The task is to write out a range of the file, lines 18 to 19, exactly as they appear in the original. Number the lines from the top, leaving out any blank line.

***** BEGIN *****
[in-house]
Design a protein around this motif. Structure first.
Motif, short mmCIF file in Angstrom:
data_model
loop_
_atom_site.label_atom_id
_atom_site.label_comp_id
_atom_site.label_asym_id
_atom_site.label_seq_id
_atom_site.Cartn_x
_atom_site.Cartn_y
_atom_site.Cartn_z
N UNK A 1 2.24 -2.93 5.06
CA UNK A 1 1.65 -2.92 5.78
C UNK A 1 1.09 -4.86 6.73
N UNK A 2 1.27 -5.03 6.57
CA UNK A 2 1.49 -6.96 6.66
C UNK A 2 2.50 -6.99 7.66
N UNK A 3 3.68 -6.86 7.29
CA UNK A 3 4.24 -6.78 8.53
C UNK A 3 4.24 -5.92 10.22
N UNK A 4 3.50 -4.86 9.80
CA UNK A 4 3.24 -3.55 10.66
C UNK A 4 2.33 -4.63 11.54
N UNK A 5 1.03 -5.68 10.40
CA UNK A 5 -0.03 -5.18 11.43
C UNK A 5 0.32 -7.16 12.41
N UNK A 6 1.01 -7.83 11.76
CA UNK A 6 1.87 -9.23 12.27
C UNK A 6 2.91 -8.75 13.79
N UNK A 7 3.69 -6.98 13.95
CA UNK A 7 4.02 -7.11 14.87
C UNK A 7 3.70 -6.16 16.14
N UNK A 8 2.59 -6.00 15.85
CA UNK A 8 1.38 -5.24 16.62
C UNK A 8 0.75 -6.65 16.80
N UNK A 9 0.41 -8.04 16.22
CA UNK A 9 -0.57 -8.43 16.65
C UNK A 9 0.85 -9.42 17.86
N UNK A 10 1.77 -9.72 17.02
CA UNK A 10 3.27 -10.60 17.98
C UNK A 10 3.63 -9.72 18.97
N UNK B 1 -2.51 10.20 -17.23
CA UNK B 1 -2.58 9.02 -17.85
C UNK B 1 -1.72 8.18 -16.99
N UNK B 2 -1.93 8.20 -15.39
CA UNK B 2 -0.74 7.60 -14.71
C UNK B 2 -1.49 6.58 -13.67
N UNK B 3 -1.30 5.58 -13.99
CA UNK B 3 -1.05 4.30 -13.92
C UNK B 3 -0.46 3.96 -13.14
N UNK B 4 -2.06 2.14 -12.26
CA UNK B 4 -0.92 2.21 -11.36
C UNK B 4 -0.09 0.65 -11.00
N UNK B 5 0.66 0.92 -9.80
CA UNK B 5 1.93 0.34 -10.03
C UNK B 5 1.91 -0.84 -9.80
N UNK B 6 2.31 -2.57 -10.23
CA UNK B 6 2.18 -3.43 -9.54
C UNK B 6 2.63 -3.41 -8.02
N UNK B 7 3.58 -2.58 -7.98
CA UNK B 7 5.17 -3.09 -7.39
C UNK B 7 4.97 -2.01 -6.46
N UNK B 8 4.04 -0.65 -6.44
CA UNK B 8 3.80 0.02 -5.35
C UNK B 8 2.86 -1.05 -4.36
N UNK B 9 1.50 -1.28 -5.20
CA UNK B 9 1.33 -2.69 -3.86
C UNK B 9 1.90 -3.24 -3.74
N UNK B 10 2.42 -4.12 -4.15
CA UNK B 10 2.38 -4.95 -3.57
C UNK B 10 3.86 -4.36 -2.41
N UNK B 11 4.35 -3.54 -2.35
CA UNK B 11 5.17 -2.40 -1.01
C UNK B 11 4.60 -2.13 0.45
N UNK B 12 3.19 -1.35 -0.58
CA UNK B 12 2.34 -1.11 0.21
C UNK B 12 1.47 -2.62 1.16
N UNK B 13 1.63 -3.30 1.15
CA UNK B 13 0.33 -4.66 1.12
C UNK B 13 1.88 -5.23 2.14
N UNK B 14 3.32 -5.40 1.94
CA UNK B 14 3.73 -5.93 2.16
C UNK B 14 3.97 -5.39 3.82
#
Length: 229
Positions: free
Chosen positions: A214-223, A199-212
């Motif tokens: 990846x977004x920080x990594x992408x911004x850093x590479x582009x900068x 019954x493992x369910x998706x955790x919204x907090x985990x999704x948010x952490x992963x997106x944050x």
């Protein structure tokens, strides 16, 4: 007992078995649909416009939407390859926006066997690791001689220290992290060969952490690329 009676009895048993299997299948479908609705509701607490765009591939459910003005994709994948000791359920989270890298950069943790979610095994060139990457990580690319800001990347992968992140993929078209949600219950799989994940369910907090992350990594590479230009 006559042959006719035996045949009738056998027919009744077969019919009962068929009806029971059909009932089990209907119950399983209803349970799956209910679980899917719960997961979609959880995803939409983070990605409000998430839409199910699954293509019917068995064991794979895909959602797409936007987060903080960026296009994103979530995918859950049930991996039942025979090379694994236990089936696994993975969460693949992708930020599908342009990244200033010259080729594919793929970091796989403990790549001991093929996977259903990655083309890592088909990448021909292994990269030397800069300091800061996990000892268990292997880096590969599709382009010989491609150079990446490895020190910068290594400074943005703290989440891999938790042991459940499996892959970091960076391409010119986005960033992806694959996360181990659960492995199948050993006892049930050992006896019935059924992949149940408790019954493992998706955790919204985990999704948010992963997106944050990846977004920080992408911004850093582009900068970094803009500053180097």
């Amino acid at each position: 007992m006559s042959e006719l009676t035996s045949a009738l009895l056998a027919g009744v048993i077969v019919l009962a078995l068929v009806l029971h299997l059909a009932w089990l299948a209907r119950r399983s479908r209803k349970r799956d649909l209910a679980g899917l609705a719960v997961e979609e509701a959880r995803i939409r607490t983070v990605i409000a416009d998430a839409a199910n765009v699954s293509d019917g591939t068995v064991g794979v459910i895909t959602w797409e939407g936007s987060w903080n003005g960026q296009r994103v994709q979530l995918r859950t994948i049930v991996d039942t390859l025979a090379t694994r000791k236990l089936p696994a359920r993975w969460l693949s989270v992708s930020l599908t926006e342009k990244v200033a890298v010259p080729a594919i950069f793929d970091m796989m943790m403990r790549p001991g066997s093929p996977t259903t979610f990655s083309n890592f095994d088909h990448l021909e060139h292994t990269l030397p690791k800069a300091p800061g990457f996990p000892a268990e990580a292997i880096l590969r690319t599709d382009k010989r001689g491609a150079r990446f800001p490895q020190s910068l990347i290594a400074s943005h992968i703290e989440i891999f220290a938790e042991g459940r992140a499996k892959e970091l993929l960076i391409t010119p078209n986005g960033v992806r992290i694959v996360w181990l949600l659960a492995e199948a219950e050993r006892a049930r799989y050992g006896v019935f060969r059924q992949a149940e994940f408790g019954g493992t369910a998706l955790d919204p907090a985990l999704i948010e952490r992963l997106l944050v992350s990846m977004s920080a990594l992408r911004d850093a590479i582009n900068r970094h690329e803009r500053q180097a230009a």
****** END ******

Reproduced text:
C UNK A 2 2.50 -6.99 7.66
N UNK A 3 3.68 -6.86 7.29